23. Guo, S. (2009). Difference, deficiency, and devaluation: Tracing the roots of non/recognition of foreign credentials for immigrant professionals in Canada. Canadian Journal for the Study of Adult Education, 22(1), 37–52.Google Scholar
  24. Guo, S. (2010). Understanding immigrants’ downward social mobility: A comparative study of economic and social integration of recent Chinese immigrants in Calgary and Edmonton (No. #WP10–12). Edmonton: Prairie Metropolis Centre Working Paper.Google Scholar
  25. Hall, S. (1997). Representation: Cultural representations and signifying practices. London: Sage.Google Scholar
  26. Henry, F., & Tator, C. (2002). Discourses of domination: Racial bias in the Canadian English Language Press. Toronto: University of Toronto Press.Google Scholar
  27. Henry, F., Tator, C., Mattis, W., & Rees, T. (2006). The color of democracy: Racism in Canadian society (3rd ed.). Toronto: Thomson Nelson.Google Scholar
  28. Hier, S., & Greenberg, J. (2002). News discourse and the problematization of Chinese migration to Canada. In F. Henry & C. Tator (Eds.), Discourses of domination: Racial bias in the Canadian English language press (pp. 138–162). Toronto: University of Toronto Press.Google Scholar
  29. Jedwab, J. (2008). The rise of the unmeltable Canadians? Ethnic and national belonging in Canada’s second generation. Canadian Diversity 6(2), 25–34.Google Scholar
  30. Jiwani, Y. (2009). Report: Race and the media: A retrospective and prospective gaze. Canadian Journal of Communication, 34(4), 735–740.Google Scholar
  31. Kelly, J. (1998). Under the gaze: Learning to be black in white society. Halifax: Fernwood Publishing.Google Scholar
  32. Li, G. (2008). Other people’s success: Impact of the “model minority” myth on underachieving Asian students in North America. In G. Li & L. Wang (Eds.), Model minority myth revisited: An interdisciplinary approach to demystifying Asian American educational experiences (pp. 213–231). Charlotte: Information Age Publishing.Google Scholar
  33. Li, P. S. (1999). Race and ethnicity. In P. S. Li (ed.), Race and ethnic relations in Canada (2nd ed.) (pp. 3–20). Oxford: Oxford University Press.Google Scholar
  34. Li, P. S. (2003). Deconstructing Canada’s discourse of immigrant integration. Journal of International Migration & Integration, 4(3), 315–333.CrossRefGoogle Scholar
  35. Louie, V. (2001). Parents’ aspirations and investment: The role of social class in the educational experiences of 1.5- and second-generation Chinese Americans. Harvard Educational Review, 71(3), 438–474.Google Scholar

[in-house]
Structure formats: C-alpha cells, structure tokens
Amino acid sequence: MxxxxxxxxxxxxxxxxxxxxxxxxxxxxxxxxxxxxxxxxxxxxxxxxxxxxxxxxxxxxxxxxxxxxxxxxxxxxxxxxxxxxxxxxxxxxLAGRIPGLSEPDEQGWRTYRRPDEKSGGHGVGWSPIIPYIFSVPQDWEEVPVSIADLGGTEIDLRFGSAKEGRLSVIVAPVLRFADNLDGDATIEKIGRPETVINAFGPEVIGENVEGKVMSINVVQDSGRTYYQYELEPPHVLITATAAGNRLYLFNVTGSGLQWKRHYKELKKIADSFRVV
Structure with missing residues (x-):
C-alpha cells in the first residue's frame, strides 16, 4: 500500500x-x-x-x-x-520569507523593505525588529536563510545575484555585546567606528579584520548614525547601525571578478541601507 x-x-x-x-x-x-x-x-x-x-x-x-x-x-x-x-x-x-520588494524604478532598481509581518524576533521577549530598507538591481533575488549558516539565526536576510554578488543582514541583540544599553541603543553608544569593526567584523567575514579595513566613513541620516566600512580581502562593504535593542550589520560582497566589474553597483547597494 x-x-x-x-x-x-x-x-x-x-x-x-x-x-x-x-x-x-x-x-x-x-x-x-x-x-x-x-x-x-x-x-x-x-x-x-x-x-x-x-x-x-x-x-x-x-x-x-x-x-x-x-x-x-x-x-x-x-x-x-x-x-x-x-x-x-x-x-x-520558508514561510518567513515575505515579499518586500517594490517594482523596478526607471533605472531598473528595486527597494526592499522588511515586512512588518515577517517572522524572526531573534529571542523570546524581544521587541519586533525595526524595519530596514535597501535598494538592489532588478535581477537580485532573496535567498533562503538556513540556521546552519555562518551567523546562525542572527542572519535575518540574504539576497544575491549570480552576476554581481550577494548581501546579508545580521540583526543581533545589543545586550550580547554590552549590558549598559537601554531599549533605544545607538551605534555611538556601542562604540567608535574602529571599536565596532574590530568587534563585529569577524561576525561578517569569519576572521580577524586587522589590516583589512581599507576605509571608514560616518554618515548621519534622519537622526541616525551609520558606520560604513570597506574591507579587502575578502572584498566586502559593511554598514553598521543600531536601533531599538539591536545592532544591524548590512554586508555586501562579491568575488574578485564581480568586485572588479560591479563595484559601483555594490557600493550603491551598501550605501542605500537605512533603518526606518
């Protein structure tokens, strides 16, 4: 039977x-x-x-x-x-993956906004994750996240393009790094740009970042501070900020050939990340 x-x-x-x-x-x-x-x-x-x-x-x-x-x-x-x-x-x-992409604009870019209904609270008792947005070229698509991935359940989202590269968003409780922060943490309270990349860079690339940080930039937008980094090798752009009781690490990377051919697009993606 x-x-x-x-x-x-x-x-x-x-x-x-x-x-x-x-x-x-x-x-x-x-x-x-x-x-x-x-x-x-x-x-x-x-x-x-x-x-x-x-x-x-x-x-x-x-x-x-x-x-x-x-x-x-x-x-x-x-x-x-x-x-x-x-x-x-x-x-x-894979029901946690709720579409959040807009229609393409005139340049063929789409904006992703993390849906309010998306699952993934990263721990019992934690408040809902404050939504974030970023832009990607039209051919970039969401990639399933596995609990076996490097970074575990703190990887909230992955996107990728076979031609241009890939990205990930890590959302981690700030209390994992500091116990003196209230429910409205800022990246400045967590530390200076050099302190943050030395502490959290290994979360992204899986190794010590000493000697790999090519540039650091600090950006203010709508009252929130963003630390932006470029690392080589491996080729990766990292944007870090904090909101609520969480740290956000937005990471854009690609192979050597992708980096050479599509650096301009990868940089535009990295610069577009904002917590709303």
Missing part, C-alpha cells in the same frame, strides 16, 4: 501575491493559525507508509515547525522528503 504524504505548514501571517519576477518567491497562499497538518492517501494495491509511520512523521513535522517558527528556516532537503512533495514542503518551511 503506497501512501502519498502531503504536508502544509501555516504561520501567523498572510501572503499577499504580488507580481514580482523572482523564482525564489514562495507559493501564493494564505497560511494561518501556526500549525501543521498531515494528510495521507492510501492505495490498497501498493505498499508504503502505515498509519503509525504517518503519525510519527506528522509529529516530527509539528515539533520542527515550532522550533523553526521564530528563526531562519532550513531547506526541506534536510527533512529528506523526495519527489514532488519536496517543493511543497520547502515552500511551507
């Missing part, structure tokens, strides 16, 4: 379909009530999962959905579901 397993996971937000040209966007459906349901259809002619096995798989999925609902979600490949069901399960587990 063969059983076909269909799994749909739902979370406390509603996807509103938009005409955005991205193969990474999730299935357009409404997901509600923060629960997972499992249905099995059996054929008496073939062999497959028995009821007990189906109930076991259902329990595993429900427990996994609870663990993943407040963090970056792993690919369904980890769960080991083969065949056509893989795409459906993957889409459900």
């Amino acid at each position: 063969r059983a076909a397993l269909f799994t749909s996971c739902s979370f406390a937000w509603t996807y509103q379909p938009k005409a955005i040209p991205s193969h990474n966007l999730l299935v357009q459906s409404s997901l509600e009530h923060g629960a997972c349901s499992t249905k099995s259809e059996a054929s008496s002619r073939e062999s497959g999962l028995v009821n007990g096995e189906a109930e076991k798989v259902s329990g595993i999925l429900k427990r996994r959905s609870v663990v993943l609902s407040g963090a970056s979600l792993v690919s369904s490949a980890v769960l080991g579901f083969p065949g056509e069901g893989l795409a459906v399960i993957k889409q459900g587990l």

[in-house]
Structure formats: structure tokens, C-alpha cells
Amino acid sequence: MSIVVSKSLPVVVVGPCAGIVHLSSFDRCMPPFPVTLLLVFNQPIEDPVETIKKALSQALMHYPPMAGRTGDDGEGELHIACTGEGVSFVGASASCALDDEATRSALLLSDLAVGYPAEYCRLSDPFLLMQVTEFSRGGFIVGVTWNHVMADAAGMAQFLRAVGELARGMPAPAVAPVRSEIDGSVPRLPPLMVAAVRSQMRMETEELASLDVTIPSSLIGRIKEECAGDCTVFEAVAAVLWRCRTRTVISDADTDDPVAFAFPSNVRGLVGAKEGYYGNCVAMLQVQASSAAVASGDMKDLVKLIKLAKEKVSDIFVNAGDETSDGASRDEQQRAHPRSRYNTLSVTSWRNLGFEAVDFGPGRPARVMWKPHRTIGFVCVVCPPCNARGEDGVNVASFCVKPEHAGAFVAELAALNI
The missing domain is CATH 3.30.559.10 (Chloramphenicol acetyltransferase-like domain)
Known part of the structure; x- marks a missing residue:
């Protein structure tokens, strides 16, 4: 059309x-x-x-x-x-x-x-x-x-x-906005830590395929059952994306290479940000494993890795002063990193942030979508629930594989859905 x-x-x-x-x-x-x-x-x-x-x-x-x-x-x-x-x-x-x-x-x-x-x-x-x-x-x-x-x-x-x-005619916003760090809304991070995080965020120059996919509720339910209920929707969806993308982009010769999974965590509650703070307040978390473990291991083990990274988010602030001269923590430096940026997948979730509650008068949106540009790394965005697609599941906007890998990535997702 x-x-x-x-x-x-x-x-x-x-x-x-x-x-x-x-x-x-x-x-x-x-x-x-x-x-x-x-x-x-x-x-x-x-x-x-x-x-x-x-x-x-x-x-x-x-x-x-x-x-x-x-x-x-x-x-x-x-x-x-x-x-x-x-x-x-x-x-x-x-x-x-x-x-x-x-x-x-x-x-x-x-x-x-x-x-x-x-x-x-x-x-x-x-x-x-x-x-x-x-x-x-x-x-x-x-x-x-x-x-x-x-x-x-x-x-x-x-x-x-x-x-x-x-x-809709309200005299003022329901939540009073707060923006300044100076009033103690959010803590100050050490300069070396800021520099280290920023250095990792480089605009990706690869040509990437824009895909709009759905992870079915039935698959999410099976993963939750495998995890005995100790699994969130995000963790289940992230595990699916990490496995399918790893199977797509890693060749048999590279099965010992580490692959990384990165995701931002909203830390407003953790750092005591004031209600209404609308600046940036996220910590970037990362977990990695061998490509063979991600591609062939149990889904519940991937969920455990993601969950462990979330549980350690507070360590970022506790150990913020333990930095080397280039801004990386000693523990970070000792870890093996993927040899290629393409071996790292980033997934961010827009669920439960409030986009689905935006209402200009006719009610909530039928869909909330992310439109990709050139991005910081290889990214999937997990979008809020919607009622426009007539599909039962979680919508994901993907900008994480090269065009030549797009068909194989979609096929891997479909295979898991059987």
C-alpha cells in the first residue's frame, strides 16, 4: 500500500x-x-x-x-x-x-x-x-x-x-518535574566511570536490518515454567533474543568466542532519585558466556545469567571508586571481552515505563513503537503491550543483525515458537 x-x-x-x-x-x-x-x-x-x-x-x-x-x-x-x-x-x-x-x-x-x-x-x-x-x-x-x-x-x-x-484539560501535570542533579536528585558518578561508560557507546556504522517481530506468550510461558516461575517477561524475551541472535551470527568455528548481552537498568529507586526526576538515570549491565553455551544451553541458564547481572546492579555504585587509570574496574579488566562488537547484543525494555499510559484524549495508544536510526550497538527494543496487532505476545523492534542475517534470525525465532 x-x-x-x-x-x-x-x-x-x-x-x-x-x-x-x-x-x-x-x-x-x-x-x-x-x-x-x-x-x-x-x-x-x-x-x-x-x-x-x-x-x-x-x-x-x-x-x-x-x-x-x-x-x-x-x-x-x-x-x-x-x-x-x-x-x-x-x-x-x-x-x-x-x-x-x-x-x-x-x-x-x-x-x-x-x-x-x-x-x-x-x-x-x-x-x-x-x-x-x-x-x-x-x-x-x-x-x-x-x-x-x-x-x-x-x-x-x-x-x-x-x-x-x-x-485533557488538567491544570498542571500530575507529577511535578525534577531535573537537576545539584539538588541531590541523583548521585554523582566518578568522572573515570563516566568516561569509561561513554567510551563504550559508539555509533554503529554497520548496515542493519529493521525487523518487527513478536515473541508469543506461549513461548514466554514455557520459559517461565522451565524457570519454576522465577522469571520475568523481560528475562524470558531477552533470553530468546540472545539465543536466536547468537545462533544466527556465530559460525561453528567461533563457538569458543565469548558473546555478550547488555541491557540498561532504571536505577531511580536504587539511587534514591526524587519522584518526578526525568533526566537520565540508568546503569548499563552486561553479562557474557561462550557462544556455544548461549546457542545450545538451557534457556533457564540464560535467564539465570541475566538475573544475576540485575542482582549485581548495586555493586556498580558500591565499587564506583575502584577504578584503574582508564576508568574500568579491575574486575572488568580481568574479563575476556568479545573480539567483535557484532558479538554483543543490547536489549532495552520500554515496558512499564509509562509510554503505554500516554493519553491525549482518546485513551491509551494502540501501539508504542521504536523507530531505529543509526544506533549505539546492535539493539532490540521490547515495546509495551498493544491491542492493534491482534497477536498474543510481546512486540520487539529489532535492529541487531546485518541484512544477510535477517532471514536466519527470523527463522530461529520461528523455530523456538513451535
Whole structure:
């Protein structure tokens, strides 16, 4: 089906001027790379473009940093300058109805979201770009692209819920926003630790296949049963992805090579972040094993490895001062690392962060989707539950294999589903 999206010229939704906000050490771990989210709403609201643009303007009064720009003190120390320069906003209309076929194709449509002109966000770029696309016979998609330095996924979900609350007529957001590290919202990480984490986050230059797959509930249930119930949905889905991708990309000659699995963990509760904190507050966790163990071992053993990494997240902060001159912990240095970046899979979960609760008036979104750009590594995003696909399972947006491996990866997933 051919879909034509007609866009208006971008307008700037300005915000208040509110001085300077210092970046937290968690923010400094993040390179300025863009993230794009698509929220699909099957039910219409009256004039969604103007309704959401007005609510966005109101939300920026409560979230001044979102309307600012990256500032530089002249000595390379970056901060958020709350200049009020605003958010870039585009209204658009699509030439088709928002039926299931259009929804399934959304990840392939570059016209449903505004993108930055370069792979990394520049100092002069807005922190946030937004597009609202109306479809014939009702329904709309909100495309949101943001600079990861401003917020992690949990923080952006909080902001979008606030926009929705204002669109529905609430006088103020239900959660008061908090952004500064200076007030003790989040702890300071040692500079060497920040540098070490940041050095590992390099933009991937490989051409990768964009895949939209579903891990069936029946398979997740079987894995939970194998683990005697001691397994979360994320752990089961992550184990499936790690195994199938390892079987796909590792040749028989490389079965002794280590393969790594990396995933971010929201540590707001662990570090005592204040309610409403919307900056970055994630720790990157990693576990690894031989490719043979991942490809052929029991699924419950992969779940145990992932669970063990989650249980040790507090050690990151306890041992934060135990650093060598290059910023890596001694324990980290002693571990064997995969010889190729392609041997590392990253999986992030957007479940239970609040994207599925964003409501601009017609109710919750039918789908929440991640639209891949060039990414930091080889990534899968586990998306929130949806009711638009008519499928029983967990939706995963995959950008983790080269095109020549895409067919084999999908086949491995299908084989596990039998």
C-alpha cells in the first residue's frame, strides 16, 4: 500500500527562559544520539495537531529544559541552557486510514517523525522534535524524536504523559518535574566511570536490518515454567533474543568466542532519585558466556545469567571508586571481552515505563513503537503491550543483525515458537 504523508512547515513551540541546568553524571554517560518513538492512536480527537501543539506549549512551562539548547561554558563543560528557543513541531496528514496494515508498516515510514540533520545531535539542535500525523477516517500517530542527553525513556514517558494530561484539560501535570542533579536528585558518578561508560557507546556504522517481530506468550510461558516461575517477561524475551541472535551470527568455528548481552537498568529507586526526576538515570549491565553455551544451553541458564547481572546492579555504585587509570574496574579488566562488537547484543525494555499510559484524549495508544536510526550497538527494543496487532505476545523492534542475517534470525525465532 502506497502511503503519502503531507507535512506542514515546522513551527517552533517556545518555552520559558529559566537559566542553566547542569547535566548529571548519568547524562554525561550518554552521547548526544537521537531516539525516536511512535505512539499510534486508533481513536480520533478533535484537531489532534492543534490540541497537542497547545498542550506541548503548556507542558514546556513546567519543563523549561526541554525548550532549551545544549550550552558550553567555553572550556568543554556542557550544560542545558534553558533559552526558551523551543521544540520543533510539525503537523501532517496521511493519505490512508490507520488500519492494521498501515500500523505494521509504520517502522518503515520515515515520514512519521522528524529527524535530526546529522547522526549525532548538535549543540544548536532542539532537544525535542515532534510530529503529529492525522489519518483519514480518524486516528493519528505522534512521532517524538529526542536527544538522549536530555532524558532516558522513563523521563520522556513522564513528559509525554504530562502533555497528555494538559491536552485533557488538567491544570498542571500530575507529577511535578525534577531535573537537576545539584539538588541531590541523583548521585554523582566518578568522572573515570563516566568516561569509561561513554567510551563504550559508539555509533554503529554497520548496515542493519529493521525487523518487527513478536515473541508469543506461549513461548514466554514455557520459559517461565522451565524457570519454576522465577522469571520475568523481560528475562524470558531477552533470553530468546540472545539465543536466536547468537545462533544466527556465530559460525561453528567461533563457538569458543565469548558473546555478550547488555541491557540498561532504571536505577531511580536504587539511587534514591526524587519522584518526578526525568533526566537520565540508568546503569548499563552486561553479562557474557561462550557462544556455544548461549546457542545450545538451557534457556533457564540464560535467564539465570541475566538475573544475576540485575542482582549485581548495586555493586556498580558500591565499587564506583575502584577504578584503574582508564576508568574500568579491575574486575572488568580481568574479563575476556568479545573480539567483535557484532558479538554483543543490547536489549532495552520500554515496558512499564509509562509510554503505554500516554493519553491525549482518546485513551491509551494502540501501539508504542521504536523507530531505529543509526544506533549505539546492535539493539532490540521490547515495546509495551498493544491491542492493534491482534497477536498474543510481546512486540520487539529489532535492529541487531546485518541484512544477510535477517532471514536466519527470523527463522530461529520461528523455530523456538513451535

36. Mahtani, M. (2008). Racializing the audience: Immigrant perceptions of mainstream Canadian English- language TV news. Canadian Journal of Communication, 33(4), 639–660.Google Scholar
  37. McLaren, P. (2003). Critical pedagogy: A look at the major concepts. In A. Darder, M. Baltodano, & R. D.Torres (Eds.), The Critical pedagogy reader (pp. 69–96). New York: RoutledgeFalmer.Google Scholar
  38. Murphy, R. (1988). A Weberian approach to credentials. In L. Erwin & D. MacLennan (Eds.), Sociology of Education in Canada (pp. 102–119). Toronto: Copp Clark Longman.Google Scholar
  39. Richardson, J. (2007). Analysing newspaper: An approach from critical discourse analysis. New York: Palgrave Macmillan.Google Scholar
  40. Said, E. (1978). Orientalism. New York: Vintage Books, A Division of Random House.Google Scholar
  41. The Heathen Chinee in British Columbia. (1979). The Canadian Illustrated News. Retrieved March 22, 2006, from McCord Museum.Google Scholar
  42. Wang, L. L. (2008). Myths and realities of Asian American success: Reassessing and redefining the ‘model minority’ stereotype. In G. Li & L. Wang (Eds.), Model minority myth revisited: An interdisciplinary approach to demystifying Asian American educational experiences (pp. 21–42). Charlotte: Information Age Publishing.Google Scholar
  43. Wilkinson, L. (2008). Visualizing Canada, identity and sense of belonging among second generation youth in Winnipeg. Canadian Diversity 6(2), 84–86.Google Scholar
  44. Wotherspoon, T. (2009). The sociology of education in Canada (3rd ed.). Oxford: Oxford University Press.Google Scholar

Copyright information

© Sense Publishers 2014

Authors and Affiliations

  • Dan Cui

There are no affiliations available

Personalised recommendations